The Leadership Gap

We have started 2013 on an accelerated pace.

We cannot help ourselves because the pressure of constant innovation, information, and 24/7 work cycles is rampant.

It seems like the world is spinning faster and the conversation are becoming shorter.

Between social media and social platforms, nothing is static – and it’s only getting more viral.

Our leadership of power is not acceptable anymore, and our organizational systems are not prevailing anymore.


Because the further we move into innovation and information, the more we come to understand something needs to change and change fast.

Transparency and authenticity are the new buzzwords, but are we willing to dive deeper to see the bigger issue?

Are we capable of holding up the mirror to our old ways and finding the courage to say we need new ones?

In big corporations and organizations, the answer is usually no.

We have no time.

Because we need speed. We need impact. We need it faster and we need it NOW.

Let’s be honest: When you tell most leaders to connect with their organization, they ask “Why?”

When you tell them they need to find the soul of their company, they ask “What do you mean?”

When you tell a leader that his team’s most important aspect is heart, they roll their eyes.

So if information is changing, but big business and leadership are not…what happens?

We have a leadership gap.

Something has to give, or the void will widen into a major disconnect.

And so I ask you to courageously to consider what it will take to move past being soullessness, heartlessness and cluelessness of our leadership?

What will it take for us to join together and try something new?

It takes risk. Risk to invest. Risk to invent and risk to invite. New ways. New methods, new language, and new leadership

And it needs to happen now.

Lead From Within:  As leaders who desire to make a difference, we need to decide whether we want to  ride the wave of  innovation and information and leadership, or be left behind. The risk you take is your investment in yourself, your life, your world, and your in purpose.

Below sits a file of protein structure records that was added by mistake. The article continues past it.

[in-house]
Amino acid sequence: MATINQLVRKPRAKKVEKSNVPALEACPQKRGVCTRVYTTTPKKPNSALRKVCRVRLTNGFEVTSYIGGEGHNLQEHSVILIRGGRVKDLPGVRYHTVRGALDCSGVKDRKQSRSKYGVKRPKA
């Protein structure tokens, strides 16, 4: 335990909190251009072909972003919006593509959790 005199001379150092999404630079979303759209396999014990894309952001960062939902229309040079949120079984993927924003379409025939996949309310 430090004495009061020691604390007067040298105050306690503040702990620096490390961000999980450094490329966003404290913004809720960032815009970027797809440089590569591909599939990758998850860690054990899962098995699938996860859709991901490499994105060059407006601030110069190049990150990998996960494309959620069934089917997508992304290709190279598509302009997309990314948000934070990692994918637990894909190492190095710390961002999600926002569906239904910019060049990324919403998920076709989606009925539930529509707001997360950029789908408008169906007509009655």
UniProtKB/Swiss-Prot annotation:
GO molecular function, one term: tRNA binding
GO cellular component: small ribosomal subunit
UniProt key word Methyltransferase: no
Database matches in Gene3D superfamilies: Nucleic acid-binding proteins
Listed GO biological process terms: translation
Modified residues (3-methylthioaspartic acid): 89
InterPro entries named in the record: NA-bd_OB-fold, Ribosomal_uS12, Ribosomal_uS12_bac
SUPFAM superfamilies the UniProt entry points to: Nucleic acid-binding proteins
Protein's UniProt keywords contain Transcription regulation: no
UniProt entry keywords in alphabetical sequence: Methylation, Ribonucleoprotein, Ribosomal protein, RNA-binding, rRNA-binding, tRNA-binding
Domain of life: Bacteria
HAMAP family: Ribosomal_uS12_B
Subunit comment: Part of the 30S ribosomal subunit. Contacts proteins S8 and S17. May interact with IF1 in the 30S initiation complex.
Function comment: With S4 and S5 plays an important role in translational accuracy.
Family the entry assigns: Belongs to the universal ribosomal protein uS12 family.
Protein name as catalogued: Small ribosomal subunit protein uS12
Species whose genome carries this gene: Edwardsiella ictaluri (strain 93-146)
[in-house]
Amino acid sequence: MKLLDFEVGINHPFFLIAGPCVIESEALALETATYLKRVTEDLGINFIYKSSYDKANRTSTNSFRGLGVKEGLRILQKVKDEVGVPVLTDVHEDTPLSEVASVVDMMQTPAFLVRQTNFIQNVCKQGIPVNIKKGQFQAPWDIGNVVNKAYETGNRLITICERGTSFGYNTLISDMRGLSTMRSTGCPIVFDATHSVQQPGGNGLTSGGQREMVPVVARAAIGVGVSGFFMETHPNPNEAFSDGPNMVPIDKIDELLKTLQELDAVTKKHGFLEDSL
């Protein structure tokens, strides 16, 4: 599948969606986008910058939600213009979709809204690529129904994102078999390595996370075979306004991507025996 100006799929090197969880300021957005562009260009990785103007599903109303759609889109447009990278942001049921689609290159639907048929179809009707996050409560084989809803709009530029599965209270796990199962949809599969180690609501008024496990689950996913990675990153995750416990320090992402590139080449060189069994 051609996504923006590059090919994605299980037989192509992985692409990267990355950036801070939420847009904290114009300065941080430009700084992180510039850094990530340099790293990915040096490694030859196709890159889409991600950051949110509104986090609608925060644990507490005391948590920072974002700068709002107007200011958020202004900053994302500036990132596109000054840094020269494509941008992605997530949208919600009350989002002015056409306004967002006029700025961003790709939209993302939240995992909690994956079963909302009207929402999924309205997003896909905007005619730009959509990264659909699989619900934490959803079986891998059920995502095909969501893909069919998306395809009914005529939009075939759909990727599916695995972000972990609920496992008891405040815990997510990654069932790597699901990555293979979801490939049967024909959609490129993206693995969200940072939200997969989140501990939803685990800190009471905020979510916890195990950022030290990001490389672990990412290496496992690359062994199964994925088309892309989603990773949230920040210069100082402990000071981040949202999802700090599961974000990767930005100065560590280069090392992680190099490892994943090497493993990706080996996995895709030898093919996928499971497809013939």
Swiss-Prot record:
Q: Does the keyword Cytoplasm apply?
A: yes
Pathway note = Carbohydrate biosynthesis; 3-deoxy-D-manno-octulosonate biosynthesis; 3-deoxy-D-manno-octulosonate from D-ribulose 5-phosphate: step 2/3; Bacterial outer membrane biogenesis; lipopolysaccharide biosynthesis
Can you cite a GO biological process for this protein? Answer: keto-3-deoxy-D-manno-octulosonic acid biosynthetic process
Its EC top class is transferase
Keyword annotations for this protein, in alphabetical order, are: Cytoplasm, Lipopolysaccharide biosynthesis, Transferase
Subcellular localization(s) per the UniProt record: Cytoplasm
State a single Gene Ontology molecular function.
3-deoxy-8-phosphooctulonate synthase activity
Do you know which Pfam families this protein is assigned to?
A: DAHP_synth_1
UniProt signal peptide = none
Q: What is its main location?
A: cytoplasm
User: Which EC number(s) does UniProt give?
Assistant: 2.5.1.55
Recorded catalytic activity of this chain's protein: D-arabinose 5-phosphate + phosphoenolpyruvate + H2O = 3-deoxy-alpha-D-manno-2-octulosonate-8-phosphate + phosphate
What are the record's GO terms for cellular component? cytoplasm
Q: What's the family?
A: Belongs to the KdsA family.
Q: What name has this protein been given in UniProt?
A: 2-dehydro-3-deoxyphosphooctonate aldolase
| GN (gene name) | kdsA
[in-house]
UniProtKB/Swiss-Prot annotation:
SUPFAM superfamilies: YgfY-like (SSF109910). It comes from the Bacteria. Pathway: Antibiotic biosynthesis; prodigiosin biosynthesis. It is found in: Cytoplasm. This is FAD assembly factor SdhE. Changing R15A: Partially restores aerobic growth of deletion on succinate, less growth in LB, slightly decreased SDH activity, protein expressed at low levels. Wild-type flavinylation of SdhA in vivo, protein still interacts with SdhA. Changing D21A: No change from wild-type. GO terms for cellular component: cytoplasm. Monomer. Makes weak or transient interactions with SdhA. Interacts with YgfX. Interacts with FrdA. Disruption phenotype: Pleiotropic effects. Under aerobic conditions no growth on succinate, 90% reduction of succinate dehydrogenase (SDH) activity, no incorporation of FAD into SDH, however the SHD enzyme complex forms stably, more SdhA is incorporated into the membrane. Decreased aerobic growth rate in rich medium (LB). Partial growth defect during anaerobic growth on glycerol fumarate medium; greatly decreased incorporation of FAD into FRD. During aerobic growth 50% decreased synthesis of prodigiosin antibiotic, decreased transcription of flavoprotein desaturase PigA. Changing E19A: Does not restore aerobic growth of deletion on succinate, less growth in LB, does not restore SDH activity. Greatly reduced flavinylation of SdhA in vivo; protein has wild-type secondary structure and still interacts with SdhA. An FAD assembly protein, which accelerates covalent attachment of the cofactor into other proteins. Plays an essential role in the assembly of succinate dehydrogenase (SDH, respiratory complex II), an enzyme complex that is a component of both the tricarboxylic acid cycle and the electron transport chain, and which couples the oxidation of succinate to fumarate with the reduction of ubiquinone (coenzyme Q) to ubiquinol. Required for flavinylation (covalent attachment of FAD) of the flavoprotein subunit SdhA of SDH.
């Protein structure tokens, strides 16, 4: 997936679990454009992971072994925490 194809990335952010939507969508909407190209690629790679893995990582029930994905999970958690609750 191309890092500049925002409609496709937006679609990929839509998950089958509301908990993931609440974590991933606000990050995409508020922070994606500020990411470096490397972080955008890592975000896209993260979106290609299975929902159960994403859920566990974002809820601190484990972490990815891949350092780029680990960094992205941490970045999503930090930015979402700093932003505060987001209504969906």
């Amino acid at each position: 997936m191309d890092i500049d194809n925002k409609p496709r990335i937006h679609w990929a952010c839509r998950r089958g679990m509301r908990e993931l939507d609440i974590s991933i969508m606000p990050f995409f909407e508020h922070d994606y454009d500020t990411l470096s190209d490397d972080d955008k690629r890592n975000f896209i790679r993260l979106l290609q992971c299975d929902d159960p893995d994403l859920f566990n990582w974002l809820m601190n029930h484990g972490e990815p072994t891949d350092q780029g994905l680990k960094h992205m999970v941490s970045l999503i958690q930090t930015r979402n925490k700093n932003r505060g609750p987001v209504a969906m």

Lolly Daskal is one of the most sought-after executive leadership coaches in the world. Her extensive cross-cultural expertise spans 14 countries, six languages and hundreds of companies. As founder and CEO of Lead From Within, her proprietary leadership program is engineered to be a catalyst for leaders who want to enhance performance and make a meaningful difference in their companies, their lives, and the world.

Of Lolly’s many awards and accolades, Lolly was designated a Top-50 Leadership and Management Expert by Inc. magazine. Huffington Post honored Lolly with the title of The Most Inspiring Woman in the World. Her writing has appeared in HBR,, Fast Company (Ask The Expert), Huffington Post, and Psychology Today, and others. Her newest book, The Leadership Gap: What Gets Between You and Your Greatness has become a national bestseller.

  1. Jen McGahan

    15. Jan, 2013

    Hi Lolly. Crazy times indeed. Maybe it’s more likely that the soulful people who get it will step up and take leadership roles, than leaders who don’t get it will change their stripes. The gap will be filled either way.

    Reply to this comment
  2. Graham Cowle

    16. Jan, 2013

    Thanks Lolly,

    Yopu are so right to be provocative. Our leaders need to self disciver themselves and a transformation in the world. It is crucial. Can I recommend a very good book – The leader on the Couch by Manfred Kets de Vries.

    Graham Cowle

    Reply to this comment
    • lollydaskal

      17. Jan, 2013

      Thank you Graham for your recommendation. I feel I needed to be provocative because I have been in too many meetings lately where everyone using the word fast and furious when it comes to business and people.

      And it worries me. I believe we need to slow down to go faster, go deeper to go wider.

      Thanks for stopping by and adding to my thoughts.

      Reply to this comment
  3. Rob Moddemeijer

    16. Jan, 2013

    Dear Lolly,

    there is no leadership gap. Leaders, in the traditional way, have become obsolete. The new “leader” is a servant, who helps swarms of people find direction and work together.
    He/she is one of the swarm, and his purpose is to give some vision of possible achievement, some guidance in finding directions, and mediation to keep the swarm together to the point where it will, for certain, split into different swarms with (slightly) different courses to different paths of acting.

    The workforce will have to understand they are leading as a (temporary) collective, the “leader” will have to understand that its role is giving directive and motivational guidance to enable the workforce to stick together as long as it is mutual benificiary.

    I believe that, if this is what you adress to as “leadership gap”, then you are right. But I wouldn’t call it leadership, because what is necessary is just one of the roles in the workingforce. No hierarchy, just use of natural skills and experience.